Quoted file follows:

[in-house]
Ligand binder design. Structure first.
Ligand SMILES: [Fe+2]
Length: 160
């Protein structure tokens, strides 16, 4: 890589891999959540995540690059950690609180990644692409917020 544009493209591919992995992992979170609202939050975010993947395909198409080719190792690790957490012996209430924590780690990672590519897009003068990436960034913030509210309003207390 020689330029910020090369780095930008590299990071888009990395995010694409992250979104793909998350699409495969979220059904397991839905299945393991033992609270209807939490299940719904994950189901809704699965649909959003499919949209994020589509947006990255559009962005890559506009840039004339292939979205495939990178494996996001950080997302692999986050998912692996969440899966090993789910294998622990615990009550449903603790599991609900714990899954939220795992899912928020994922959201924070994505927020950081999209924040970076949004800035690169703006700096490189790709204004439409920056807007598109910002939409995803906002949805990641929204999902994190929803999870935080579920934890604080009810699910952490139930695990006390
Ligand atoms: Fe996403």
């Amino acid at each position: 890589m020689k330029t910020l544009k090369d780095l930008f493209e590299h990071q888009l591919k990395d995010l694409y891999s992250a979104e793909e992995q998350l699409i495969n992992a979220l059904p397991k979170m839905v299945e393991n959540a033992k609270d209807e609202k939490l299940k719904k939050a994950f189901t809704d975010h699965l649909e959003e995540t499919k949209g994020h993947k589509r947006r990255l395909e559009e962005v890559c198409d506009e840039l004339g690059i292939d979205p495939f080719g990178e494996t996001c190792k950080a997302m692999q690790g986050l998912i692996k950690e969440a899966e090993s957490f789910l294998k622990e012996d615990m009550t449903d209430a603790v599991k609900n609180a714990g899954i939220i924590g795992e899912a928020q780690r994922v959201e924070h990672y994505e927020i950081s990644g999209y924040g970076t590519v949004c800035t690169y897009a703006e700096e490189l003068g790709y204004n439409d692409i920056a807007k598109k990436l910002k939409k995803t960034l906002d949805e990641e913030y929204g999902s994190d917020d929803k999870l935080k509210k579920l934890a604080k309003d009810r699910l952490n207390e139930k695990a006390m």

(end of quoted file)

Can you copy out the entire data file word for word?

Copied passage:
[in-house]
Ligand binder design. Structure first.
Ligand SMILES: [Fe+2]
Length: 160
């Protein structure tokens, strides 16, 4: 890589891999959540995540690059950690609180990644692409917020 544009493209591919992995992992979170609202939050975010993947395909198409080719190792690790957490012996209430924590780690990672590519897009003068990436960034913030509210309003207390 020689330029910020090369780095930008590299990071888009990395995010694409992250979104793909998350699409495969979220059904397991839905299945393991033992609270209807939490299940719904994950189901809704699965649909959003499919949209994020589509947006990255559009962005890559506009840039004339292939979205495939990178494996996001950080997302692999986050998912692996969440899966090993789910294998622990615990009550449903603790599991609900714990899954939220795992899912928020994922959201924070994505927020950081999209924040970076949004800035690169703006700096490189790709204004439409920056807007598109910002939409995803906002949805990641929204999902994190929803999870935080579920934890604080009810699910952490139930695990006390
Ligand atoms: Fe996403």
């Amino acid at each position: 890589m020689k330029t910020l544009k090369d780095l930008f493209e590299h990071q888009l591919k990395d995010l694409y891999s992250a979104e793909e992995q998350l699409i495969n992992a979220l059904p397991k979170m839905v299945e393991n959540a033992k609270d209807e609202k939490l299940k719904k939050a994950f189901t809704d975010h699965l649909e959003e995540t499919k949209g994020h993947k589509r947006r990255l395909e559009e962005v890559c198409d506009e840039l004339g690059i292939d979205p495939f080719g990178e494996t996001c190792k950080a997302m692999q690790g986050l998912i692996k950690e969440a899966e090993s957490f789910l294998k622990e012996d615990m009550t449903d209430a603790v599991k609900n609180a714990g899954i939220i924590g795992e899912a928020q780690r994922v959201e924070h990672y994505e927020i950081s990644g999209y924040g970076t590519v949004c800035t690169y897009a703006e700096e490189l003068g790709y204004n439409d692409i920056a807007k598109k990436l910002k939409k995803t960034l906002d949805e990641e913030y929204g999902s994190d917020d929803k999870l935080k509210k579920l934890a604080k309003d009810r699910l952490n207390e139930k695990a006390m």